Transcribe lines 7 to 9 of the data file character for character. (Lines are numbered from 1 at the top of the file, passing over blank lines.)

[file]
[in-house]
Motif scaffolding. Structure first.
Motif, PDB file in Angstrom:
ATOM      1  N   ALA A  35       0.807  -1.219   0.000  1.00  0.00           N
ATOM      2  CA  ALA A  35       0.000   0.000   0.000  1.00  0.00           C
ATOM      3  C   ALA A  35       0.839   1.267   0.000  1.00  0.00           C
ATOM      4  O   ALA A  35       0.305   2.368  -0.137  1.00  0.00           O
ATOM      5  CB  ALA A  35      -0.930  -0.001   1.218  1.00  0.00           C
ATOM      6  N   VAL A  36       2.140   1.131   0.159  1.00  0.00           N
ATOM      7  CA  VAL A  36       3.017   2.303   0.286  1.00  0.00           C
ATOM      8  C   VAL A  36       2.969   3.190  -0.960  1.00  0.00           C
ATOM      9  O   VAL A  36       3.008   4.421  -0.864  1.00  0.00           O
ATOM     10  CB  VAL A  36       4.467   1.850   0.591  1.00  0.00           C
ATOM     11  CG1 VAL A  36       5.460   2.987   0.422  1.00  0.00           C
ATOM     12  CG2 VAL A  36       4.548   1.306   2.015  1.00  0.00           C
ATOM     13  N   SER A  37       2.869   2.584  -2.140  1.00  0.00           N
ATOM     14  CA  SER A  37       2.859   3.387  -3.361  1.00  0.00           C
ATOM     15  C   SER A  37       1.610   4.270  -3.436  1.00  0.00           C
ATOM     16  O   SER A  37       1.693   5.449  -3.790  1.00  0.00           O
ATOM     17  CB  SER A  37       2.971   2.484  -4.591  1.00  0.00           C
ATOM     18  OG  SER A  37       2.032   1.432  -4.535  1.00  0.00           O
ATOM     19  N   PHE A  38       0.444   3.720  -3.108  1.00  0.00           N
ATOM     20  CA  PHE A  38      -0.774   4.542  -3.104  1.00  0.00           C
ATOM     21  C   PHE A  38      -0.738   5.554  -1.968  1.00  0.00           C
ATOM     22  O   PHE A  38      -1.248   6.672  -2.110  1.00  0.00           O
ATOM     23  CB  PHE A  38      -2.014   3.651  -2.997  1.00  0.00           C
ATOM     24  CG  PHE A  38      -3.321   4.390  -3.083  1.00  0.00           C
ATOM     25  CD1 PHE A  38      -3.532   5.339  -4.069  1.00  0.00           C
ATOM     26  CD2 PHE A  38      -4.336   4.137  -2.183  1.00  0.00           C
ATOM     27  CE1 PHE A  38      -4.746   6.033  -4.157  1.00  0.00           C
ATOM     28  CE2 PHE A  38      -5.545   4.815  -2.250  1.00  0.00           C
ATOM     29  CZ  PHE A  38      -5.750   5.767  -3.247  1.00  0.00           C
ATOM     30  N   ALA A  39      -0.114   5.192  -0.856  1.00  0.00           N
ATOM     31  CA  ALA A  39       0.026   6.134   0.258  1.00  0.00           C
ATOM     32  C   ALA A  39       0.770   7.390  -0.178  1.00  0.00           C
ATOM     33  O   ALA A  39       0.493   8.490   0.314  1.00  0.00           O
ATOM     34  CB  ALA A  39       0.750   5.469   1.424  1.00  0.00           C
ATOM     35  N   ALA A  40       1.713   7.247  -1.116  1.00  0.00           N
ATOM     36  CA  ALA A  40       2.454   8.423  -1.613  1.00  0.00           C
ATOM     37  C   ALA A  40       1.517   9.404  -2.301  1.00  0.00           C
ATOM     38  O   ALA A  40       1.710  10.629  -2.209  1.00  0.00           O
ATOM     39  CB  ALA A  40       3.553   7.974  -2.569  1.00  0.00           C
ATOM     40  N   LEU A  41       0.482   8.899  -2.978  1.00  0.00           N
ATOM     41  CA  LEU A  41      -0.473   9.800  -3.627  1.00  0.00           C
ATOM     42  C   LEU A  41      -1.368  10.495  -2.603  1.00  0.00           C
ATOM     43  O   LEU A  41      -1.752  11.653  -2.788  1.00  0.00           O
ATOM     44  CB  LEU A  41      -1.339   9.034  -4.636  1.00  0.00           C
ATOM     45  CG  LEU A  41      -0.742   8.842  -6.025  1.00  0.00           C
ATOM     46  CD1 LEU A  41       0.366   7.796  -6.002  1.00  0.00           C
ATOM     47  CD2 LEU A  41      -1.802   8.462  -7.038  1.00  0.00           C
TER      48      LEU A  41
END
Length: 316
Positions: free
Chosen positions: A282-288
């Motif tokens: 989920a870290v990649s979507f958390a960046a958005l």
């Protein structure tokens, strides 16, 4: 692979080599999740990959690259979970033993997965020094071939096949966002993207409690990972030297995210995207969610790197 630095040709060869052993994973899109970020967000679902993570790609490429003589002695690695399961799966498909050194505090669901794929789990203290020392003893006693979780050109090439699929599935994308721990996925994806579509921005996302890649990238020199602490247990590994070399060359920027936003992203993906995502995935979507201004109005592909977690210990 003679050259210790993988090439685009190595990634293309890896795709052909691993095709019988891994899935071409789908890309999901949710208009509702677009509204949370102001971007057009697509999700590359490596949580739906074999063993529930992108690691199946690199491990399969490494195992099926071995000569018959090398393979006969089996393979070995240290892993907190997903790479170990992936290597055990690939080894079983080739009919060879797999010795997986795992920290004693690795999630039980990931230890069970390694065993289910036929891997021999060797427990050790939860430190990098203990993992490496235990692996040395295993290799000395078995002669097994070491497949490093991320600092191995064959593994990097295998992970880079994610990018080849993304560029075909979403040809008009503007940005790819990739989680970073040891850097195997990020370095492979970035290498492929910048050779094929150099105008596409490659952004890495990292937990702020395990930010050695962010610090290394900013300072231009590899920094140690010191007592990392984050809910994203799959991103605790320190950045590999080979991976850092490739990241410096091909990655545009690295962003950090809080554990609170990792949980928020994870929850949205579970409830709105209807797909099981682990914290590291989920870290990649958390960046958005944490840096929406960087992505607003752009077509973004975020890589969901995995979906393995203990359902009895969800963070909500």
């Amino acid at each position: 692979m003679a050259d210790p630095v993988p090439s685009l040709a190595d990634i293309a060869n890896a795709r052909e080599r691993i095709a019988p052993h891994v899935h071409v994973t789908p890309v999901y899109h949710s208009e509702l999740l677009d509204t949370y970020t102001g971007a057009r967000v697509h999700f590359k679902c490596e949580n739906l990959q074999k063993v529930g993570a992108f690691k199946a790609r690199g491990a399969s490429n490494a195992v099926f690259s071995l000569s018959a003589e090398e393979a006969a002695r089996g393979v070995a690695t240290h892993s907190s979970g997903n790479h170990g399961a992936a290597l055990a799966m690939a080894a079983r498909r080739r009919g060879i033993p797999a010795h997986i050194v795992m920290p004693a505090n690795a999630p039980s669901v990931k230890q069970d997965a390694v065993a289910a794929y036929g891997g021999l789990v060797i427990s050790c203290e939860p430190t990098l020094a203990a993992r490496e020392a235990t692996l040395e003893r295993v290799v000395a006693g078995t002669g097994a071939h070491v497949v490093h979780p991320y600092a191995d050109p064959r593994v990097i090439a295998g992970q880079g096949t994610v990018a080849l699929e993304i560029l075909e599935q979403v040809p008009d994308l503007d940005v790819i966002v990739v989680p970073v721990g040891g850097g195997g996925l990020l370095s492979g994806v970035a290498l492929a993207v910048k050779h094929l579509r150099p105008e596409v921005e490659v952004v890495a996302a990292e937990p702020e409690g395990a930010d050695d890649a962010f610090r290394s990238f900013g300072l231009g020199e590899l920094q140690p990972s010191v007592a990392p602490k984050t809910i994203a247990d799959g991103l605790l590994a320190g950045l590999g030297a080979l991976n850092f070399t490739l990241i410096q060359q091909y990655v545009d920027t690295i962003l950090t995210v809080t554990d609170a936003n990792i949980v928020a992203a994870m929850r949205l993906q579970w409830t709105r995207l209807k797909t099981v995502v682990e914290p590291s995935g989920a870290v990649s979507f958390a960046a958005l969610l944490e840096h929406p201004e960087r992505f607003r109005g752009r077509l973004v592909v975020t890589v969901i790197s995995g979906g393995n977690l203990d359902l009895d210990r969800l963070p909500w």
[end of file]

ATOM      4  O   ALA A  35       0.305   2.368  -0.137  1.00  0.00           O
ATOM      5  CB  ALA A  35      -0.930  -0.001   1.218  1.00  0.00           C
ATOM      6  N   VAL A  36       2.140   1.131   0.159  1.00  0.00           N